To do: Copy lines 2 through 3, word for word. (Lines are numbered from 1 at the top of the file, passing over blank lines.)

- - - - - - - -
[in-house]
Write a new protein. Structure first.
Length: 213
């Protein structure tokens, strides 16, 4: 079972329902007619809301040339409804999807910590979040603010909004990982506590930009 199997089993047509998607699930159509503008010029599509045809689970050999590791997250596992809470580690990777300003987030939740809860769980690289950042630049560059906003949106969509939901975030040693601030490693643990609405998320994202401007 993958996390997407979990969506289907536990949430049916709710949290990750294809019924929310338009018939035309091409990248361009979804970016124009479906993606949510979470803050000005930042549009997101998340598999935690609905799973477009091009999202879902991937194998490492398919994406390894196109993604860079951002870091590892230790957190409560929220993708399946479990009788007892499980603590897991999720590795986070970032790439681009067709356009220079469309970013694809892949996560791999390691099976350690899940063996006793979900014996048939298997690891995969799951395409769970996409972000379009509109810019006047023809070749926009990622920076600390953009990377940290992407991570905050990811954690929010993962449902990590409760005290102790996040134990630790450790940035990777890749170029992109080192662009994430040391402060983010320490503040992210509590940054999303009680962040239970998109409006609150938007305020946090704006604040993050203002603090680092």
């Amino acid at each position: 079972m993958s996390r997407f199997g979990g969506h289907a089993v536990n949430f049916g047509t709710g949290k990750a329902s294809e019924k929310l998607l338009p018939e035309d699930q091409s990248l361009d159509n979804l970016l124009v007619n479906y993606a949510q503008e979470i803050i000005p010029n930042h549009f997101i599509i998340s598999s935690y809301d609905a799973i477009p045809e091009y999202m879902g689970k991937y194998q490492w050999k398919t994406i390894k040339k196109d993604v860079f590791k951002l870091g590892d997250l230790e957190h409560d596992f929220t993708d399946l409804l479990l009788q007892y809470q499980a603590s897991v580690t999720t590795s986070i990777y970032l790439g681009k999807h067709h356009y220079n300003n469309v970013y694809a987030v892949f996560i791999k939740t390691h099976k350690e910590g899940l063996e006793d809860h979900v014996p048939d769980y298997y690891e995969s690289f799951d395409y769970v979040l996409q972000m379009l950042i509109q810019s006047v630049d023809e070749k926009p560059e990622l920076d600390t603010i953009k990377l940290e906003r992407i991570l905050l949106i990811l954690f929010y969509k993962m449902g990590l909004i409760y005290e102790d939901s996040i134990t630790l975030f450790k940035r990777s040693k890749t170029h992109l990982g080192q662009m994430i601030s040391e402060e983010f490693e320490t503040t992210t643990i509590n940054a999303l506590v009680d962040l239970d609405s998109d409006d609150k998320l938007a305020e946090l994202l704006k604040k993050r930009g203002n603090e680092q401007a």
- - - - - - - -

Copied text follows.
Write a new protein. Structure first.
Length: 213